Imaging interconnections: MRI-DTI in aphasia

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  • Published: Mar 1, 2016
  • Author: David Bradley
  • Channels: MRI Spectroscopy
thumbnail image: Imaging interconnections: MRI-DTI in aphasia

Hub map

Diffusion Tensor Imaging (MRI-DTI) has been used to map the after effects on the brain's interconnections following stroke, in those patients suffering from speech problems, aphasia.

Diffusion Tensor Imaging (MRI-DTI) has been used to map the after effects on the brain's interconnections following stroke, in those patients suffering from speech problems, aphasia.

It is one of the classic symptoms of cerebral stroke, damage to the brain regions that control speech and reading comprehension destroyed by a blockage of blood flow, leave patients unable to speak or understand spoken or written language. These difficulties with language, known as aphasia are among the most debilitating effects. However, a new study published in the journal Restorative Neurology and Neuroscience based on MRI-DTI suggests that damage to the underlying connections among different areas of the brain may well be to blame for the severity of aphasia in particular patients.

The architecture of the brain, and more specifically the connections between regions is sometimes referred to as the "connectome". The connectome is made up of nodes representing different regions and their edges, the connections between the nodes. As with any network, some of the nodes are hubs, critical and fundamental to the overall organization and distribution of information throughout the system. Colloquially, researchers think of those network hubs as having an abundance of interconnections as being the "rich club network". Moreover, there is a growing body of evidence that suggests that damage to this rich club network can cause aphasia on a par with direct damage to the brain regions usually associated with speech and comprehension.

Aphasia assessment

The team investigated 44 patients who had experienced a left hemisphere ischaemic stroke at least six months prior to the study. Aphasia testing was carried out using the Western Aphasia Battery, which determines the degree of aphasia being experience by the patients. The patients were also assessed for speech fluency, auditory comprehension, speech repetition and naming. Ultimately, each participant was given an Aphasia Quotient (WAB-AQ) as a measure of severity. MRI-DTI was then used to map the interconnections between brain regions and to identify the rich club network in each individual patient and to see how WAB-AQ correlated with that map.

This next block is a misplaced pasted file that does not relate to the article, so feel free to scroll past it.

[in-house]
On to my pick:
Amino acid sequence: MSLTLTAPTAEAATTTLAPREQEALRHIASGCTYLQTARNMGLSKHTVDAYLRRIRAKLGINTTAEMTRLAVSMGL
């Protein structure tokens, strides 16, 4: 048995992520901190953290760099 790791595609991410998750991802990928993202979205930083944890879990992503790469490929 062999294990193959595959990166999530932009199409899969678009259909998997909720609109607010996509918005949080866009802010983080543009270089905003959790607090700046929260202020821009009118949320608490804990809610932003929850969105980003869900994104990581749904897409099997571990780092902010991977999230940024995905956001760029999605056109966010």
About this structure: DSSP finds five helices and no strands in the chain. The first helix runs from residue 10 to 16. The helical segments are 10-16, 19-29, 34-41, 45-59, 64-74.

The team found that the post-stroke patients had different distributions of rich club nodes and this could lead to very different WAB-AQ for the patients. For instance, two patients with similar volumes of stroke damage had very different numbers of rich club nodes remaining nearby, one of those patients had a WAB-AQ of 23.6, the other 64.6. A score of 0 to 25 is considered very severe, 26-50 severe, 51-75 moderate and 76 and above is a mild degree of aphasia.

Spared regions

"Subjects whose spared cortical language regions are integrated into the remaining network as rich club nodes are less likely to have more severe forms of aphasia," explain lead investigators Ezequiel Gleichgerrcht and Leonardo Bonilha of the Department of Neurology, at the Medical University of South Carolina, USA.

Clinical care for stroke sufferers usually focuses on the brain's grey matter, but novel technology and techniques such as MRI-DTI are now opening up avenues of study and diagnostics in the increasingly important white matter connections present throughout the brain. "These findings further highlight the potential relevance and utility of mapping the neural connectome of individual subjects," the team says. "Identifying patterns of white matter integrity has the potential to add valuable information to the well-established volume-based analysis of clinical, neuropsychological, and language outcomes from both theoretical and clinical perspectives."

"Next steps for this research will be to evaluate whether preservation of hubs leads to better treatment related recovery from aphasia," Bonilha told SpectroscopyNOW.

Related Links

Restorative Neurol Neurosci, 2015, 34, 19-28: "Preservation of structural brain network hubs is associated with less severe post-stroke aphasia"

Article by David Bradley

The views represented in this article are solely those of the author and do not necessarily represent those of John Wiley and Sons, Ltd.

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